Declining prices of oil and other commodities drove down the consumer price index in October, according to data just released by the U.S. Department of Commerce. Growth in the index for all items fell to less than 1% year-on-year. Taking food and energy out of the mix, the core rate of inflation was 1.7%, its smallest increase in three months.
Falling apparel prices helped temper the overall price rise as well. The index for apparel and footwear dipped .2%, its first decline in two and a half years. Apparel merchants, challenged by the increasingly difficult retail environment, have managed to successfully reduce manufacturing costs and pass at least some of the savings on to consumers.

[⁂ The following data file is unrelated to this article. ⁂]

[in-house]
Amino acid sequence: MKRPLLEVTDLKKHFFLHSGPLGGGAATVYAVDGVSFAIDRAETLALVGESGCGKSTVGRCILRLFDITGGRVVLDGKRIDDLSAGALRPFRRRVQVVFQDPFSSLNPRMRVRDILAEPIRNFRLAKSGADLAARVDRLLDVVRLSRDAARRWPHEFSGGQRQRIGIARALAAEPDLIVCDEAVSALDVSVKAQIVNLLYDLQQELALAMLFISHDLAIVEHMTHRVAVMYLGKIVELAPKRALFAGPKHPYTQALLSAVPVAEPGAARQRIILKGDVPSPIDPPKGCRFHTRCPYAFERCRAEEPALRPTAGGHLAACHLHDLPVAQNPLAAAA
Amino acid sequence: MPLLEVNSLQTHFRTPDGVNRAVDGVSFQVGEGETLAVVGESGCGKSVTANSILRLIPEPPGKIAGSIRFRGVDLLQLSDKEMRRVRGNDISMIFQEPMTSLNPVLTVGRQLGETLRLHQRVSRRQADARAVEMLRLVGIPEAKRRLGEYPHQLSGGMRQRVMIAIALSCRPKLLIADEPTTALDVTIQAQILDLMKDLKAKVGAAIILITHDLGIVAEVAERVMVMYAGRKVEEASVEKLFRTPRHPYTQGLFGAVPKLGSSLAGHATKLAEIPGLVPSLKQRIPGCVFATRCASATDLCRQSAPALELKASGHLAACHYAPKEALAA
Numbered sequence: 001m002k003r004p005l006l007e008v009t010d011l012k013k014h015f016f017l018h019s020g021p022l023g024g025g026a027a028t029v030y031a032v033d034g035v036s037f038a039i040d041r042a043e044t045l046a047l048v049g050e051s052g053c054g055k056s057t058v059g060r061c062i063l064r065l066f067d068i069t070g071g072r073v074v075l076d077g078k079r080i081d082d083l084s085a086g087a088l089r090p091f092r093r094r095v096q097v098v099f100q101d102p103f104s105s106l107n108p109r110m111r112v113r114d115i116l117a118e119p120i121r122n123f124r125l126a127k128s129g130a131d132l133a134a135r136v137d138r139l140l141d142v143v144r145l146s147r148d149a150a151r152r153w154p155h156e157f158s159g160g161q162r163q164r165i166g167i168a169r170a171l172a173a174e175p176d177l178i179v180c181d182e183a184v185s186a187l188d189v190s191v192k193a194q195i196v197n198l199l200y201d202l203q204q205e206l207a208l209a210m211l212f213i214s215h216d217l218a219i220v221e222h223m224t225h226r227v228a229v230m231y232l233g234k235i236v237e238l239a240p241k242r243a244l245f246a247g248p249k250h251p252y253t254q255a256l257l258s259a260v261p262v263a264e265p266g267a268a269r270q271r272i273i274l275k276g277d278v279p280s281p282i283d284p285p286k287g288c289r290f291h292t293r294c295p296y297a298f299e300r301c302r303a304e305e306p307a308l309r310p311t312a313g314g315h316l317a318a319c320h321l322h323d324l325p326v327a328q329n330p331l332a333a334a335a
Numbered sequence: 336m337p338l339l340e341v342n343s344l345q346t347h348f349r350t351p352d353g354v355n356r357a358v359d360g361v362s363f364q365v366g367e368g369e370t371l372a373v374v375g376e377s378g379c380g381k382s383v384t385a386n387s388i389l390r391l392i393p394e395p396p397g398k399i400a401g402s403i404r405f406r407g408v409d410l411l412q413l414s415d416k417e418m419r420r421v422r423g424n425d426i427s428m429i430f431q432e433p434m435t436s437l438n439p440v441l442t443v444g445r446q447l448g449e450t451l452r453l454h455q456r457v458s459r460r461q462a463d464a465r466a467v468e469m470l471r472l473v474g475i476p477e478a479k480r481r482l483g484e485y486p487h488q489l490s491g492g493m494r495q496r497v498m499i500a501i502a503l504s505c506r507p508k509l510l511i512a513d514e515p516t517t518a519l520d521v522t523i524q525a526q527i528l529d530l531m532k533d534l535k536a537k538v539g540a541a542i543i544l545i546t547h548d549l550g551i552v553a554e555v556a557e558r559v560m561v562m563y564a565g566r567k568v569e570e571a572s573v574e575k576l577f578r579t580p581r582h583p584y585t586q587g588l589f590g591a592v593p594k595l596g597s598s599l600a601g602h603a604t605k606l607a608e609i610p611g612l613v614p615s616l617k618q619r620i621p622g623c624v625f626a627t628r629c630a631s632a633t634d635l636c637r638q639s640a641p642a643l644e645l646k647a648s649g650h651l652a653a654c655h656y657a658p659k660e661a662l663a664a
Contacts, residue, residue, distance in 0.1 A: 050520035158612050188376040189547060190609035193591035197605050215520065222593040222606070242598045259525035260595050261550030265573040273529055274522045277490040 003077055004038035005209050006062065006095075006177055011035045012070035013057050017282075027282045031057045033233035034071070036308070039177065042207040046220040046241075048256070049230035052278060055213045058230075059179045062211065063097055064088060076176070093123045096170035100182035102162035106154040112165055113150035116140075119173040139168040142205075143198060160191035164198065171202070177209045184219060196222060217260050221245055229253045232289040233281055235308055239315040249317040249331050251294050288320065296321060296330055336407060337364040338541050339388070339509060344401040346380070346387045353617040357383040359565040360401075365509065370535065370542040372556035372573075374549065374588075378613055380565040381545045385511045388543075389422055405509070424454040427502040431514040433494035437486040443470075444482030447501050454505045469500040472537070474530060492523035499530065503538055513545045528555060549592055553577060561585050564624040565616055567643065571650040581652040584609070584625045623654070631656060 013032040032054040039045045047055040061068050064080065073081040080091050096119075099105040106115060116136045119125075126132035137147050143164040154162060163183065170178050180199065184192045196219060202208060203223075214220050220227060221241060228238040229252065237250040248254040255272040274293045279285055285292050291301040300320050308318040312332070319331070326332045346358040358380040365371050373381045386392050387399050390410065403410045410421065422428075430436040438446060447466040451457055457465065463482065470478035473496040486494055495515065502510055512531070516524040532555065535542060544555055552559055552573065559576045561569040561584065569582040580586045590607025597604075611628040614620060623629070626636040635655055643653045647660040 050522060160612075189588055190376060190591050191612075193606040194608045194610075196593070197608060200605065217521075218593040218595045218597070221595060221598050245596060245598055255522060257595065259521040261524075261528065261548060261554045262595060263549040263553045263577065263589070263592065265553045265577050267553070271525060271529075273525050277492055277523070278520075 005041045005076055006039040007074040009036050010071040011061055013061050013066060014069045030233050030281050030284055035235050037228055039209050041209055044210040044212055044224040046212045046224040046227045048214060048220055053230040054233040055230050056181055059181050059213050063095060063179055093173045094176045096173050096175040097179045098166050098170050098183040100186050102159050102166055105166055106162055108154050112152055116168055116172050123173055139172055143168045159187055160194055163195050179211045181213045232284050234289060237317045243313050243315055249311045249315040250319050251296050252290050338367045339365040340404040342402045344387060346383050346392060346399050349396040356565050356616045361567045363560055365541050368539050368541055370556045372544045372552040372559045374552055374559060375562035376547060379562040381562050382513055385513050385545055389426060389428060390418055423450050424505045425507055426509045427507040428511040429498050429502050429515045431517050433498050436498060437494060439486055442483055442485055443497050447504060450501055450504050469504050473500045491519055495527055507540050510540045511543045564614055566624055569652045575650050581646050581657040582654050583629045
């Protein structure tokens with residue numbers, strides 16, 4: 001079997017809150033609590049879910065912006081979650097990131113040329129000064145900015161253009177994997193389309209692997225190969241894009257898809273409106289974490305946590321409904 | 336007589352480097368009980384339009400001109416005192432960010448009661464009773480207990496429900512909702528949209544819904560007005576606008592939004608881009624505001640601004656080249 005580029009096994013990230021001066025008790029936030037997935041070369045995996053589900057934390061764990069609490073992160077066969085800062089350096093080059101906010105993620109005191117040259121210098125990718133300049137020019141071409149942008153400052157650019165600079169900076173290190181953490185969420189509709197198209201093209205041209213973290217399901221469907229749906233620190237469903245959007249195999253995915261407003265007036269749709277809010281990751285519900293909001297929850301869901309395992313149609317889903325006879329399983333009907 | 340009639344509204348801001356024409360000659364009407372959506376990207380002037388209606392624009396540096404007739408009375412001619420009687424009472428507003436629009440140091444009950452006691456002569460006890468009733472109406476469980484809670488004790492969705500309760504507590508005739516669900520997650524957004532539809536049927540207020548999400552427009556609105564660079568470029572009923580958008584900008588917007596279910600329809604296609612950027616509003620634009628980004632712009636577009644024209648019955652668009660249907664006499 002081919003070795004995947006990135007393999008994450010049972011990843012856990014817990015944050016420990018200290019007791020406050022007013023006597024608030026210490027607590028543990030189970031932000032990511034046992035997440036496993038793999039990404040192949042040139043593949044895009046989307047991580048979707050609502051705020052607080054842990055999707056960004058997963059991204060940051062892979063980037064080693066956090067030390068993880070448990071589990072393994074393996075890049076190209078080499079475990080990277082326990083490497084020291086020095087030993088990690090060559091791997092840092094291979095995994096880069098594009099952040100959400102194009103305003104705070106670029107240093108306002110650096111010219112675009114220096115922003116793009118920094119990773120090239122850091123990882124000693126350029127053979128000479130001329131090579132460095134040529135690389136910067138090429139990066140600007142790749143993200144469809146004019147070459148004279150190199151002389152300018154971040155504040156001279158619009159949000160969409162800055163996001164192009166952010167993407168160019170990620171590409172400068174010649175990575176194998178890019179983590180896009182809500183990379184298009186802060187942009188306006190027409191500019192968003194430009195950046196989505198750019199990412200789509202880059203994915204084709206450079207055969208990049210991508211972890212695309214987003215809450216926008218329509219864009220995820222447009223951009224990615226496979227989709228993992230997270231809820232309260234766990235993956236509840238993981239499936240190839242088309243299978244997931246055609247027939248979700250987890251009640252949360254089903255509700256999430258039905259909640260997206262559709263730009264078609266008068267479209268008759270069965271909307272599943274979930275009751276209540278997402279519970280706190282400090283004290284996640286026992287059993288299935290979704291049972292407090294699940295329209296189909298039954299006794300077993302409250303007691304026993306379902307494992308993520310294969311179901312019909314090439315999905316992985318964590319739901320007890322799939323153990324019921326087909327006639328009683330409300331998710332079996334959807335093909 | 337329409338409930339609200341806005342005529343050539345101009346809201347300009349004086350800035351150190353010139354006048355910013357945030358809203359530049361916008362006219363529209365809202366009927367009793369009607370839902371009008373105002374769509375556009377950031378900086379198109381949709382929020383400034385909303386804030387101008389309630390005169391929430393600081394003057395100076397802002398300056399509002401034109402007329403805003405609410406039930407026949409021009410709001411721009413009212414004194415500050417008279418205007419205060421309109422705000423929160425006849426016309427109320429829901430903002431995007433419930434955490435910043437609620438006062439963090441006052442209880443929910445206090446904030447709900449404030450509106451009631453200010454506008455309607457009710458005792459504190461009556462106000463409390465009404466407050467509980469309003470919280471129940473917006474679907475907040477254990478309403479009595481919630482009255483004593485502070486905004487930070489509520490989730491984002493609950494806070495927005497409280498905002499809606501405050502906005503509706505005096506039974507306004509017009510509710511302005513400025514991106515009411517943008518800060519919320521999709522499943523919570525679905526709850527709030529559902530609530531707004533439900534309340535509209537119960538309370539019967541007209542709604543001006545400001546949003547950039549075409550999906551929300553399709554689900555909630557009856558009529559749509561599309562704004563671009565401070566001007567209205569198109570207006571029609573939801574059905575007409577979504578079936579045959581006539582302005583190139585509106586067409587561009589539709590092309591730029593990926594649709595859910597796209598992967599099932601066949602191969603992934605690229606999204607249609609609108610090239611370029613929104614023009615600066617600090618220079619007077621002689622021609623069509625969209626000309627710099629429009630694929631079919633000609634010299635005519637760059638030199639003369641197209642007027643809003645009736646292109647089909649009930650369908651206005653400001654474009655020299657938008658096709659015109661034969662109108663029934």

Apparel prices dipped .4% compared to October 2012.
Womenswear prices were flat in the month, compared to September’s 1.4% increase.
Menswear prices remained stronger, rising 1.7%, helped by strong demand by younger fashion-conscious men and the slowly improving job market.
Prices for infants’ and children’s apparel plunged by an average of 5.5%, with girl’s apparel prices sliding the most, at 7%. Consumers tend to seek value when purchasing clothing for children, who tend to outgrow their apparel in a short time. A glut of girls’ clothing at department, discount and specialty stores makes this an extremely competitive marketplace right now.
Footwear prices edged up by .5%. Footwear prices have been firmer than those of clothing for over a year now, though they’ve been softening for the past several months. Children’s footwear prices rose by 2% year-on-year in October, while those of men’s and women’s were flat.